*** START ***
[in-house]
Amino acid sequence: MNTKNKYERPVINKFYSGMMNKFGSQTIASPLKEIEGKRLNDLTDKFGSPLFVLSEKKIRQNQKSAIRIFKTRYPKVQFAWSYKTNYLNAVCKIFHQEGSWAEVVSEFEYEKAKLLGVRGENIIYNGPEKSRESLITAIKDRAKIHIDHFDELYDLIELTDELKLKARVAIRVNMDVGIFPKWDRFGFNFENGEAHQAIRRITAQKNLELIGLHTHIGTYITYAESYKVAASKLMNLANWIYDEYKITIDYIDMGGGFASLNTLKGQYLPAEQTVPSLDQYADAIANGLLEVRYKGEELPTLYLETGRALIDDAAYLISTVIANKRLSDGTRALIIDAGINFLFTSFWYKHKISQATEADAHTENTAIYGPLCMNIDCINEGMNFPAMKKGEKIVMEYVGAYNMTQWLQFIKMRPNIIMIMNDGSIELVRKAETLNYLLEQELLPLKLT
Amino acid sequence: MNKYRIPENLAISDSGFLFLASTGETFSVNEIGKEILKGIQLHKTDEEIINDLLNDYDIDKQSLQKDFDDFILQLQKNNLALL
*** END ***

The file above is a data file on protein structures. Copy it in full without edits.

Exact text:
[in-house]
Amino acid sequence: MNTKNKYERPVINKFYSGMMNKFGSQTIASPLKEIEGKRLNDLTDKFGSPLFVLSEKKIRQNQKSAIRIFKTRYPKVQFAWSYKTNYLNAVCKIFHQEGSWAEVVSEFEYEKAKLLGVRGENIIYNGPEKSRESLITAIKDRAKIHIDHFDELYDLIELTDELKLKARVAIRVNMDVGIFPKWDRFGFNFENGEAHQAIRRITAQKNLELIGLHTHIGTYITYAESYKVAASKLMNLANWIYDEYKITIDYIDMGGGFASLNTLKGQYLPAEQTVPSLDQYADAIANGLLEVRYKGEELPTLYLETGRALIDDAAYLISTVIANKRLSDGTRALIIDAGINFLFTSFWYKHKISQATEADAHTENTAIYGPLCMNIDCINEGMNFPAMKKGEKIVMEYVGAYNMTQWLQFIKMRPNIIMIMNDGSIELVRKAETLNYLLEQELLPLKLT
Amino acid sequence: MNKYRIPENLAISDSGFLFLASTGETFSVNEIGKEILKGIQLHKTDEEIINDLLNDYDIDKQSLQKDFDDFILQLQKNNLALL